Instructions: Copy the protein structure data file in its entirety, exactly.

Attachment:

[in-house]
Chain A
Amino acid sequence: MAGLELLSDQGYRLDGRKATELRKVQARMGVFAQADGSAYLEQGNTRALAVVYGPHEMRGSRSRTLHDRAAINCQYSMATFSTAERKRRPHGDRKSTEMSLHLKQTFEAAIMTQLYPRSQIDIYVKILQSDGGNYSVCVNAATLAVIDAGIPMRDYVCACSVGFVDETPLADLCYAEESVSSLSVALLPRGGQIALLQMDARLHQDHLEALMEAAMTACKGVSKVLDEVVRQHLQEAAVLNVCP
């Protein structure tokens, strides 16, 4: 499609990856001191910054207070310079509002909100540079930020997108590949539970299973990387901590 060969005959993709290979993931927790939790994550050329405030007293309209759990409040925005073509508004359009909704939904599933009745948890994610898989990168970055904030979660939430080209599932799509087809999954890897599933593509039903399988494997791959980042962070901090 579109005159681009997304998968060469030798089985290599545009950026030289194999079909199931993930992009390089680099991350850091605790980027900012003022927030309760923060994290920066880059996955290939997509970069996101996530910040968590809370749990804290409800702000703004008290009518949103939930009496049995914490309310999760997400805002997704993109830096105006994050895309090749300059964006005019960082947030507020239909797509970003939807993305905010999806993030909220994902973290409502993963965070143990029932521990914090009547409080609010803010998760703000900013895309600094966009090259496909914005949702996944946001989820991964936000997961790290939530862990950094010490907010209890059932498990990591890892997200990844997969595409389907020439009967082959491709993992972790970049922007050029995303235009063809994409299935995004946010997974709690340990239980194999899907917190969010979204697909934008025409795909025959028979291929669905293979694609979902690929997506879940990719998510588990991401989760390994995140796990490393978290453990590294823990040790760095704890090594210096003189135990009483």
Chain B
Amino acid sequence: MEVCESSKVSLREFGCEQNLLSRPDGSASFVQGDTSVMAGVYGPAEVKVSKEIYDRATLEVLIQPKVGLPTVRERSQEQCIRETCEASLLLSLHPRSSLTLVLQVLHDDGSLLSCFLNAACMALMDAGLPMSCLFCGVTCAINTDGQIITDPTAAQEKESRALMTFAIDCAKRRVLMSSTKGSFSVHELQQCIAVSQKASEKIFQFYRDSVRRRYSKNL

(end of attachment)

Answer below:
[in-house]
Chain A
Amino acid sequence: MAGLELLSDQGYRLDGRKATELRKVQARMGVFAQADGSAYLEQGNTRALAVVYGPHEMRGSRSRTLHDRAAINCQYSMATFSTAERKRRPHGDRKSTEMSLHLKQTFEAAIMTQLYPRSQIDIYVKILQSDGGNYSVCVNAATLAVIDAGIPMRDYVCACSVGFVDETPLADLCYAEESVSSLSVALLPRGGQIALLQMDARLHQDHLEALMEAAMTACKGVSKVLDEVVRQHLQEAAVLNVCP
């Protein structure tokens, strides 16, 4: 499609990856001191910054207070310079509002909100540079930020997108590949539970299973990387901590 060969005959993709290979993931927790939790994550050329405030007293309209759990409040925005073509508004359009909704939904599933009745948890994610898989990168970055904030979660939430080209599932799509087809999954890897599933593509039903399988494997791959980042962070901090 579109005159681009997304998968060469030798089985290599545009950026030289194999079909199931993930992009390089680099991350850091605790980027900012003022927030309760923060994290920066880059996955290939997509970069996101996530910040968590809370749990804290409800702000703004008290009518949103939930009496049995914490309310999760997400805002997704993109830096105006994050895309090749300059964006005019960082947030507020239909797509970003939807993305905010999806993030909220994902973290409502993963965070143990029932521990914090009547409080609010803010998760703000900013895309600094966009090259496909914005949702996944946001989820991964936000997961790290939530862990950094010490907010209890059932498990990591890892997200990844997969595409389907020439009967082959491709993992972790970049922007050029995303235009063809994409299935995004946010997974709690340990239980194999899907917190969010979204697909934008025409795909025959028979291929669905293979694609979902690929997506879940990719998510588990991401989760390994995140796990490393978290453990590294823990040790760095704890090594210096003189135990009483």
Chain B
Amino acid sequence: MEVCESSKVSLREFGCEQNLLSRPDGSASFVQGDTSVMAGVYGPAEVKVSKEIYDRATLEVLIQPKVGLPTVRERSQEQCIRETCEASLLLSLHPRSSLTLVLQVLHDDGSLLSCFLNAACMALMDAGLPMSCLFCGVTCAINTDGQIITDPTAAQEKESRALMTFAIDCAKRRVLMSSTKGSFSVHELQQCIAVSQKASEKIFQFYRDSVRRRYSKNL